This television spot is more emotionally powerful than ads RCA has done in the past, and we are committed to the message of the ad because it drives home the gravity of the devastating opioid epidemic that is killing so many people in this country.
In our ad, we wanted to demonstrate the harsh reality of drug addiction in order to get suffering people into treatment. The graphic scenes of drug use and the emotional but very real scene of the mother at her son’s grave in our messages underscores the need to act sooner rather than later if you suspect that a loved one is struggling with an addiction.
Can you describe how your work is making an impact battling this epidemic?
Our mission to save lives from the disease of addiction is critical. There has never been a greater need to help those struggling with this disease and we are at the forefront of an epidemic that is plaguing our Country. It is fulfilling as a Creative Director to be a part of this mission.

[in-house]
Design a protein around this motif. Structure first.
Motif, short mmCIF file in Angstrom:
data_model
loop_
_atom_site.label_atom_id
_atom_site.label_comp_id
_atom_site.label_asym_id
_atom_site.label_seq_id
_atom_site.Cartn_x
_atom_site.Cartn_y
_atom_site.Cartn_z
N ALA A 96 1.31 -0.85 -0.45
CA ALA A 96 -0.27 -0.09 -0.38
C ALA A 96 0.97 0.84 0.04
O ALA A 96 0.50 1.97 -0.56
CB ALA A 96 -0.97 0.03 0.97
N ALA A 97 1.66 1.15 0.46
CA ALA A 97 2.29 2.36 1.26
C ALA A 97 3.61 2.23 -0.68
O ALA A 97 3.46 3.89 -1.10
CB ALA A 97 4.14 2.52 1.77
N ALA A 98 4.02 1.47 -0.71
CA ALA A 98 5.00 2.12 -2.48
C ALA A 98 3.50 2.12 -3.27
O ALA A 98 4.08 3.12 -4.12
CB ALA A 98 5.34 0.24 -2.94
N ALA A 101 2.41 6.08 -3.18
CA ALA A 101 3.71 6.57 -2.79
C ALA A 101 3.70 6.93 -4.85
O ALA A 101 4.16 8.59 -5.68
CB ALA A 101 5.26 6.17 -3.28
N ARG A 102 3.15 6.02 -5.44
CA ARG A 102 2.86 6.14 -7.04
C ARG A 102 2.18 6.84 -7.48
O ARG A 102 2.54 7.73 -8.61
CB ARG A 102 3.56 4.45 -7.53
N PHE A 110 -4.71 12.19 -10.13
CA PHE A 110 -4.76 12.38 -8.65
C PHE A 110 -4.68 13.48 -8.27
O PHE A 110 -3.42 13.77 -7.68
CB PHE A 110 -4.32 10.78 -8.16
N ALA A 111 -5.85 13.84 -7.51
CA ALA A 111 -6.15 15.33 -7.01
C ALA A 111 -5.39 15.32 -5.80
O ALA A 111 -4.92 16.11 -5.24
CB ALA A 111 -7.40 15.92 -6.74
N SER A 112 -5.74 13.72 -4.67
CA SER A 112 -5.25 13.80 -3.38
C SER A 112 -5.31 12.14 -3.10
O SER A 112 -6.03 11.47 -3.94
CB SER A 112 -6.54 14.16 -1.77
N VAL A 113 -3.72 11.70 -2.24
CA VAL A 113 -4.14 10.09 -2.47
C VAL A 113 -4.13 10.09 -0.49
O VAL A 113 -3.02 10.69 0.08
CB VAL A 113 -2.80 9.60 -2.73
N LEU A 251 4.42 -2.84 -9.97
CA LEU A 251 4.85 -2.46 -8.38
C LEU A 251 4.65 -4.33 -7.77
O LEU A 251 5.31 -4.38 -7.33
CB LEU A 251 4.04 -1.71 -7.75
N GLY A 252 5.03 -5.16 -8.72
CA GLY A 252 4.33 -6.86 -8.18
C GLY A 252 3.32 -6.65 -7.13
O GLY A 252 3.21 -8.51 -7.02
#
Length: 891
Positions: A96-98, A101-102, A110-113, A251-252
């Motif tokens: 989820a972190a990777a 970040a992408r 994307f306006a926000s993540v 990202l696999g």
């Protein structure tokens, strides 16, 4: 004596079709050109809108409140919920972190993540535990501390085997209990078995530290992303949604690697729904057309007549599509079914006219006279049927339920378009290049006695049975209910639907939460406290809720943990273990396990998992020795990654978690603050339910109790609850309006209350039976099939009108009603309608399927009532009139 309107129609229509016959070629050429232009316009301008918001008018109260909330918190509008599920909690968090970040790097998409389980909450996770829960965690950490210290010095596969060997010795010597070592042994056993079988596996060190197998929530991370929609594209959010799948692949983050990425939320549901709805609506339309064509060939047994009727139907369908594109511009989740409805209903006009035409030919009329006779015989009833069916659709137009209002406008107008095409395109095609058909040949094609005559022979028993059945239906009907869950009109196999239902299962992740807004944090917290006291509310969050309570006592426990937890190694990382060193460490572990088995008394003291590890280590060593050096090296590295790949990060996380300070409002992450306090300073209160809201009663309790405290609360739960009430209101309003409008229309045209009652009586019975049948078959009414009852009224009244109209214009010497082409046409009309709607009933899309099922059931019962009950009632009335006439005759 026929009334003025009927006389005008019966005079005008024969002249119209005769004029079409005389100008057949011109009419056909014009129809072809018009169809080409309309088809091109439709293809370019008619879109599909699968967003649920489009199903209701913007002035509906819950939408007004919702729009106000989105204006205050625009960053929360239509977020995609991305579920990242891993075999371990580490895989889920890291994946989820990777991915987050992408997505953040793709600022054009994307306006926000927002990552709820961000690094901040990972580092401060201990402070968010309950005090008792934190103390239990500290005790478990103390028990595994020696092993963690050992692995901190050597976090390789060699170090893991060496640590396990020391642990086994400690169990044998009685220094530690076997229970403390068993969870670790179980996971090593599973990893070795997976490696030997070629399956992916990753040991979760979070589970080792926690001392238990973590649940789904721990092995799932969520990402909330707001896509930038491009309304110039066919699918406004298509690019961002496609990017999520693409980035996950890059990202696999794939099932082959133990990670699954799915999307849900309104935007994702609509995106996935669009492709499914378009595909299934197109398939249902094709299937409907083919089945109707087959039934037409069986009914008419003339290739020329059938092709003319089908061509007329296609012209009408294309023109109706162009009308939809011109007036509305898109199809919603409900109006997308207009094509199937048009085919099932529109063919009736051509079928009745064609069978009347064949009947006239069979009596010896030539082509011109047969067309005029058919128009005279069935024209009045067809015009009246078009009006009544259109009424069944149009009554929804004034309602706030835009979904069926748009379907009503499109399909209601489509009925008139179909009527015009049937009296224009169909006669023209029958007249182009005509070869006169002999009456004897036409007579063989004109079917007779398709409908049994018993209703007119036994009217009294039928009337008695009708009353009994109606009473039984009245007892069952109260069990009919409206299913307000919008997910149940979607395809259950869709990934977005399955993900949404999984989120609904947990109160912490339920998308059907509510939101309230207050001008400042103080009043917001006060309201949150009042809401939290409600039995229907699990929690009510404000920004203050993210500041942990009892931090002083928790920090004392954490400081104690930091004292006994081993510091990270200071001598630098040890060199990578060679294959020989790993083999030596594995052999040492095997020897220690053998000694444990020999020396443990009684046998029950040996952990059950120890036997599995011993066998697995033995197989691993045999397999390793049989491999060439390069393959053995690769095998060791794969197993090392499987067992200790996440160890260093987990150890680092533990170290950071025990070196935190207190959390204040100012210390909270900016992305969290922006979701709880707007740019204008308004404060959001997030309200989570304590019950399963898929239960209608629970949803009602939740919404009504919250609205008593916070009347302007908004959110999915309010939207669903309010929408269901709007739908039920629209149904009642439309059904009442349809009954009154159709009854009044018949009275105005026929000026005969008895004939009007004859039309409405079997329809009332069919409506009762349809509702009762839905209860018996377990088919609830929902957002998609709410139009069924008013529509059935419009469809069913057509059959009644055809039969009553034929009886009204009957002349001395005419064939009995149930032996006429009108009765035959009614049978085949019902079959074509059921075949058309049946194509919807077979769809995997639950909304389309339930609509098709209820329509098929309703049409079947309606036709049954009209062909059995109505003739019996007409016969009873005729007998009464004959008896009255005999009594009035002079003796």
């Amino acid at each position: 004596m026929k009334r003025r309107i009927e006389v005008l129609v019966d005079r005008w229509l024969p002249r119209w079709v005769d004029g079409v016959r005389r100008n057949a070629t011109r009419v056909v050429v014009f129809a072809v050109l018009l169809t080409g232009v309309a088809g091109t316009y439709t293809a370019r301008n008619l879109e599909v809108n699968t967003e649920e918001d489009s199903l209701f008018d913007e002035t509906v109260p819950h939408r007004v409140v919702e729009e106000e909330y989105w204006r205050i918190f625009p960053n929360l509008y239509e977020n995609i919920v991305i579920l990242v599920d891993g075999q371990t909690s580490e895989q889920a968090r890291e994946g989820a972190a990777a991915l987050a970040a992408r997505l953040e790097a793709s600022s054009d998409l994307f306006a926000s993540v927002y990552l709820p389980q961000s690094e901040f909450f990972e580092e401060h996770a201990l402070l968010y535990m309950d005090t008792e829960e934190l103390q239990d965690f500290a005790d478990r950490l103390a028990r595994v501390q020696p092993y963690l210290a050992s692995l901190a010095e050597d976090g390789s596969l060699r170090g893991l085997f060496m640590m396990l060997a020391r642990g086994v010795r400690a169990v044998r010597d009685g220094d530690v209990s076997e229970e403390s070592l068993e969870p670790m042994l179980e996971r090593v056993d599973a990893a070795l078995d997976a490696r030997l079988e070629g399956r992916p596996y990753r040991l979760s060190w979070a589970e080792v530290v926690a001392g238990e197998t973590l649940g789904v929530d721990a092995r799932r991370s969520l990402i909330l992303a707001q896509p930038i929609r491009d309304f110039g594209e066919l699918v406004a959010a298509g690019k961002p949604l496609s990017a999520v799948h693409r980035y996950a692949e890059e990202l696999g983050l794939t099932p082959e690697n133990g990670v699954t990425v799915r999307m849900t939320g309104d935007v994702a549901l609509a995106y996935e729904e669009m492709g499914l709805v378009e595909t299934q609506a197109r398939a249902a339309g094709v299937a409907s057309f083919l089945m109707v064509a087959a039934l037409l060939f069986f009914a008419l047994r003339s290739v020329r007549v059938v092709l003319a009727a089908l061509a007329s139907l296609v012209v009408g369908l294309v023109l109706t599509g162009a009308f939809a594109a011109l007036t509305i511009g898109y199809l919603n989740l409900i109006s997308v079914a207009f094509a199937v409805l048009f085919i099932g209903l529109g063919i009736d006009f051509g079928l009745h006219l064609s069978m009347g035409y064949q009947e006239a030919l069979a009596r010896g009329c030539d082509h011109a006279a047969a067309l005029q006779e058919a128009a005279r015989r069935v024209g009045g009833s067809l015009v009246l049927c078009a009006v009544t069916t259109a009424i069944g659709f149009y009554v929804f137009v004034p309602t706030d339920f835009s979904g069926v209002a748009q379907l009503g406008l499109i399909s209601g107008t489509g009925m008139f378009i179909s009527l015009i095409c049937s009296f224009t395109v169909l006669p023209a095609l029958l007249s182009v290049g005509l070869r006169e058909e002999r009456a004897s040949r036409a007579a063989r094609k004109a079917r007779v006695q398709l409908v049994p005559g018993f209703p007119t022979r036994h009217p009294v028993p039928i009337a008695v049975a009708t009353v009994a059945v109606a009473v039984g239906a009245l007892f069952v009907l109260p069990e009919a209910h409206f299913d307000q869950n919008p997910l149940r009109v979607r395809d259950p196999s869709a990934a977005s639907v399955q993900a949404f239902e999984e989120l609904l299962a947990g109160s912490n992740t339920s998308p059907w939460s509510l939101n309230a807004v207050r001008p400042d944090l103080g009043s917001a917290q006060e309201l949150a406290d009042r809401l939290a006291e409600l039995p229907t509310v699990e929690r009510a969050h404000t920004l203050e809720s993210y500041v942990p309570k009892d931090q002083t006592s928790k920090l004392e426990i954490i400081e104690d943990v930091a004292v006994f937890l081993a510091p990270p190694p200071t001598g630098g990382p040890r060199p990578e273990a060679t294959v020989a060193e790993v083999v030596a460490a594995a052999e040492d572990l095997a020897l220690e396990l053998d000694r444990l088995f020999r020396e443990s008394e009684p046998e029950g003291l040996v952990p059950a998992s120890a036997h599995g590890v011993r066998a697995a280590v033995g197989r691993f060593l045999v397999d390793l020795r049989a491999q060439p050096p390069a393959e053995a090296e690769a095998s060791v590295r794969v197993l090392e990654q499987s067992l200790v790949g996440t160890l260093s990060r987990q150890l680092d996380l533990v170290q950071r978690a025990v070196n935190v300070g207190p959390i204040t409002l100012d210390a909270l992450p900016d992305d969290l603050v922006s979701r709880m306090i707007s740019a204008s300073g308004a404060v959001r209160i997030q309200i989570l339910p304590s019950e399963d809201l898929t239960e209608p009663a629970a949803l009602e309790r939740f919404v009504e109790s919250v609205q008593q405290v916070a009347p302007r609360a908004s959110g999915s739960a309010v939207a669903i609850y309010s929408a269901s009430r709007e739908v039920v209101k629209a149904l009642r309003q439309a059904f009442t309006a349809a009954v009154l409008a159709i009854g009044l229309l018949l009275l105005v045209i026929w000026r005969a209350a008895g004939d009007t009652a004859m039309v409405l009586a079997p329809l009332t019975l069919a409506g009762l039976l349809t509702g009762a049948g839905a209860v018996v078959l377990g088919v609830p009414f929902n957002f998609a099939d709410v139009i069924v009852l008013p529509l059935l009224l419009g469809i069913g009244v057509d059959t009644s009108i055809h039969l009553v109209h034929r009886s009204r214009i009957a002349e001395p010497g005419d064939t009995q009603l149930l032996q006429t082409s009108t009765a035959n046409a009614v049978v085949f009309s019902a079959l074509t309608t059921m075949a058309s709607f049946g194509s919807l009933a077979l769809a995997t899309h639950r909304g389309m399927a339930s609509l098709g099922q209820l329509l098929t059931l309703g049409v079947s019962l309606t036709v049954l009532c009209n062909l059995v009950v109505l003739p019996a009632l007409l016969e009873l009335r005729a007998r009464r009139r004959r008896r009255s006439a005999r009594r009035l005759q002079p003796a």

RCA’s treatment is designed to save lives from the disease of addiction, and I’ve witnessed its success first hand with the many many patients that I have interviewed were on the streets are now in recovery.
What makes our treatment particularly unique is that we never stop improving and we are constantly looking for unique therapies and programs we can implement to make our treatment even more effective. We’re always asking what’s best for our patient while looking at the problem through multiple lenses: what’s best for young adults, what’s best for first responders, how can we help chronic relapsers, how can we best treat co-occurring disorders, etc. We never stop looking for ways we can do things better.
Wow! Without sharing real names, can you tell us a story about a particular individual who was impacted by your initiative?